It’s beginning to look a lot like Christmas. But I’m in Australia, so that doesn’t mean that the weather is cold and there’s holly on your own front door. It means mangoes. Cases of them.
When you live in the Southern Hemisphere, the start of the Christmas season also means the start of summer. It’s when the weather gets even more humid, the days are long and you can’t walk into a fruit shop without the distinct smell of mangoes consuming your senses. To me, this smell brings back the most nostalgic memories of Christmas and it’s a smell that I adore. Sometimes, smelling it at the wrong time of year can throw me off, because its a unique smell that is only truly appreciated on a warm Christmas day.
These tropical stone fruits aren’t only the most delicious fruit of them all (in my opinion), but they’re great for your body and really versatile to cook with. There are so many interesting and unexpected ways to use them that don’t involve the words “pavlova” or “smoothie”. But that’s only relevant if you’re capable of holding onto a mango long enough to use in a recipe; I am not that person.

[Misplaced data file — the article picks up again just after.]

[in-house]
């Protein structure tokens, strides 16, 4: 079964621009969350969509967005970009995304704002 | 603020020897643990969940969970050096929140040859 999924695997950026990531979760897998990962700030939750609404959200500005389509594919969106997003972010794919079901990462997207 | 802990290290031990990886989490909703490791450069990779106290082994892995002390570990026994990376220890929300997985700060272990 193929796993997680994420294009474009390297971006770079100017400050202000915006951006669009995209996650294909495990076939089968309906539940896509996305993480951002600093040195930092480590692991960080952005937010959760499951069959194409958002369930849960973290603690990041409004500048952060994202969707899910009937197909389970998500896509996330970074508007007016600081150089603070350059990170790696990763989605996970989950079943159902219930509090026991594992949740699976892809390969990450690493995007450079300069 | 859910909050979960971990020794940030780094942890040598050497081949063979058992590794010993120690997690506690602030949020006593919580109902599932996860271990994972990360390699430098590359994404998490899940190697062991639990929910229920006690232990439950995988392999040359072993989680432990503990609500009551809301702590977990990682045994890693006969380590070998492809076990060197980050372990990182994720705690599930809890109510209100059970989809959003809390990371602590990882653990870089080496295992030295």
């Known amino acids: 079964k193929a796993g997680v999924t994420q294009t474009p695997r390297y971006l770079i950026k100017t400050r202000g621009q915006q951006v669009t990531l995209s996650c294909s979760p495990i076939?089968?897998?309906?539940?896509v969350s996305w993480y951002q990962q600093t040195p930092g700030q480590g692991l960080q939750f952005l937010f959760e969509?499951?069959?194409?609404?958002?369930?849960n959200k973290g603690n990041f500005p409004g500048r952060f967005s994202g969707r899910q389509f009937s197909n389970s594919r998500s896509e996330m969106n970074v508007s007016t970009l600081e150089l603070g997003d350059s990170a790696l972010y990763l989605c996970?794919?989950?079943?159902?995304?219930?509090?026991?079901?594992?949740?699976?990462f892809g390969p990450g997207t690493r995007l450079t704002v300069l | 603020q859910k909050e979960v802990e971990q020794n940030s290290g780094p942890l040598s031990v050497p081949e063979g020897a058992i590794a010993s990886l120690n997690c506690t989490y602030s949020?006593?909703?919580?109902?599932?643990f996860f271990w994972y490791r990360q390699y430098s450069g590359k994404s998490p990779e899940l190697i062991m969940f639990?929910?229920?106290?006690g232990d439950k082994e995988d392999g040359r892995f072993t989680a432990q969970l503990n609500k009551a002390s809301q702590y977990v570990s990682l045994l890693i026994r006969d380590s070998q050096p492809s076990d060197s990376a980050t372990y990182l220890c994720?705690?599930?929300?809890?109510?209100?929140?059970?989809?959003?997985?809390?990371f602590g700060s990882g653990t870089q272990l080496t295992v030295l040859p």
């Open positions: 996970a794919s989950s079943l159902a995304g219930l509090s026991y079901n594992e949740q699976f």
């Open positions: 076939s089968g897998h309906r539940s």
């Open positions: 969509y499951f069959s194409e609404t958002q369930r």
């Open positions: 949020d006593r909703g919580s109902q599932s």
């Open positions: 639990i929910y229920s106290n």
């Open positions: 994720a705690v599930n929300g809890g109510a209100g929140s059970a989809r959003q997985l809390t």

How do you buy the perfect mango? Whilst it can be tempting to pick a mango based on it’s colour, don’t. It’s not the best indicator of ripeness. Gets handsy and give the mango a squeeze. A slight softness means its on its way to mango perfection. Just like with avocados and other stone fruits, the best indicator for a good mango is feel. Rock hard, and it’s not ready; super soft with no bounce-back means it’s past ripe and should go straight in the blender.
Mangoes are absolute health powerhouses for our bodies. They are high in iron and vitamin C; and the more vitamin C, the more iron your body can absorb, so mangoes are a perfect afternoon pick-me-up. They are packed with fibre, which makes them great for digestion; have been linked to improve eye sight and clearer skin; they can even get your libido fired up (insert Seinfeld reference here).
But just like any stone fruit, mangoes are not around forever. They’re not even that good for the whole season. There’s a small window when mangoes are at their best and thaq window is December. As is with all fruit. when mangoes are cheapest, that means they’re at their peak, and that’s often the time when they taste the best too.
So next time you see a case of mangoes on special, buy as many cases as you can carry and make some of these recipes:
Or you could just make like me, and eat mango in its natural form. Because for me, nothing quite beats the joy of licking mango juice off your wrist after becoming better acquainted with a ripe Kensington Pride.
Do you have a summer memory that’s evoked at the sniff of a fresh mango? Tell us in the comments!